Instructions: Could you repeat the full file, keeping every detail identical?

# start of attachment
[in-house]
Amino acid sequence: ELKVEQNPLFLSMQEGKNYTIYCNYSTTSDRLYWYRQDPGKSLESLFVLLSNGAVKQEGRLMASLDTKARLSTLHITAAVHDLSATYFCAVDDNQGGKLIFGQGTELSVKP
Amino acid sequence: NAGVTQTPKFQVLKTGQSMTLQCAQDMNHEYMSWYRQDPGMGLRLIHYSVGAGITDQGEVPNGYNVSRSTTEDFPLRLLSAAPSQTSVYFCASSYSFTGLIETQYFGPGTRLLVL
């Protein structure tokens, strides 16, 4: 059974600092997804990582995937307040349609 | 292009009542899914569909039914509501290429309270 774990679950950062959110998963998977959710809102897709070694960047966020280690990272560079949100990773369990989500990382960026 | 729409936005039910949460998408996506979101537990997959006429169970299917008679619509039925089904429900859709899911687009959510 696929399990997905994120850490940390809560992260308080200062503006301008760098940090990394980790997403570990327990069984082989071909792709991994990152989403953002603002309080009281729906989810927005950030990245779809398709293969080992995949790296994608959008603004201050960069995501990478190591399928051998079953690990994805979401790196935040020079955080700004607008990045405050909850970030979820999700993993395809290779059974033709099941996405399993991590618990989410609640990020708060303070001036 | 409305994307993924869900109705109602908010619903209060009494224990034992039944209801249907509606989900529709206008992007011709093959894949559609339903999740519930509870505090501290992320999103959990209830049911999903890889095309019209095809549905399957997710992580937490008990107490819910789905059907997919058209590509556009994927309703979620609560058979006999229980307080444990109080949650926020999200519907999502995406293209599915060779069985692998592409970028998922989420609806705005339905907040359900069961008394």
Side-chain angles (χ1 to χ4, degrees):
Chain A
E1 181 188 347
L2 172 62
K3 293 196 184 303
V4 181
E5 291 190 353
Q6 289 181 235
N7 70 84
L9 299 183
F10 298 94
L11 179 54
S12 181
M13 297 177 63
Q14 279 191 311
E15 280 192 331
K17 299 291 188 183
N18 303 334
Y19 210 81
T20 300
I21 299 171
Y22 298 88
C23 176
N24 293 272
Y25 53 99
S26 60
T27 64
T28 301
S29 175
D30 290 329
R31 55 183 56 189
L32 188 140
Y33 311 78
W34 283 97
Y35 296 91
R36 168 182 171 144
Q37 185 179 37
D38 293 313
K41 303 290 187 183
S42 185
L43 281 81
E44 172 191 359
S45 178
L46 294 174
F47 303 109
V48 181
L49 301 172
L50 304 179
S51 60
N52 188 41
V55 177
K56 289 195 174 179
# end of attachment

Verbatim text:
[in-house]
Amino acid sequence: ELKVEQNPLFLSMQEGKNYTIYCNYSTTSDRLYWYRQDPGKSLESLFVLLSNGAVKQEGRLMASLDTKARLSTLHITAAVHDLSATYFCAVDDNQGGKLIFGQGTELSVKP
Amino acid sequence: NAGVTQTPKFQVLKTGQSMTLQCAQDMNHEYMSWYRQDPGMGLRLIHYSVGAGITDQGEVPNGYNVSRSTTEDFPLRLLSAAPSQTSVYFCASSYSFTGLIETQYFGPGTRLLVL
């Protein structure tokens, strides 16, 4: 059974600092997804990582995937307040349609 | 292009009542899914569909039914509501290429309270 774990679950950062959110998963998977959710809102897709070694960047966020280690990272560079949100990773369990989500990382960026 | 729409936005039910949460998408996506979101537990997959006429169970299917008679619509039925089904429900859709899911687009959510 696929399990997905994120850490940390809560992260308080200062503006301008760098940090990394980790997403570990327990069984082989071909792709991994990152989403953002603002309080009281729906989810927005950030990245779809398709293969080992995949790296994608959008603004201050960069995501990478190591399928051998079953690990994805979401790196935040020079955080700004607008990045405050909850970030979820999700993993395809290779059974033709099941996405399993991590618990989410609640990020708060303070001036 | 409305994307993924869900109705109602908010619903209060009494224990034992039944209801249907509606989900529709206008992007011709093959894949559609339903999740519930509870505090501290992320999103959990209830049911999903890889095309019209095809549905399957997710992580937490008990107490819910789905059907997919058209590509556009994927309703979620609560058979006999229980307080444990109080949650926020999200519907999502995406293209599915060779069985692998592409970028998922989420609806705005339905907040359900069961008394």
Side-chain angles (χ1 to χ4, degrees):
Chain A
E1 181 188 347
L2 172 62
K3 293 196 184 303
V4 181
E5 291 190 353
Q6 289 181 235
N7 70 84
L9 299 183
F10 298 94
L11 179 54
S12 181
M13 297 177 63
Q14 279 191 311
E15 280 192 331
K17 299 291 188 183
N18 303 334
Y19 210 81
T20 300
I21 299 171
Y22 298 88
C23 176
N24 293 272
Y25 53 99
S26 60
T27 64
T28 301
S29 175
D30 290 329
R31 55 183 56 189
L32 188 140
Y33 311 78
W34 283 97
Y35 296 91
R36 168 182 171 144
Q37 185 179 37
D38 293 313
K41 303 290 187 183
S42 185
L43 281 81
E44 172 191 359
S45 178
L46 294 174
F47 303 109
V48 181
L49 301 172
L50 304 179
S51 60
N52 188 41
V55 177
K56 289 195 174 179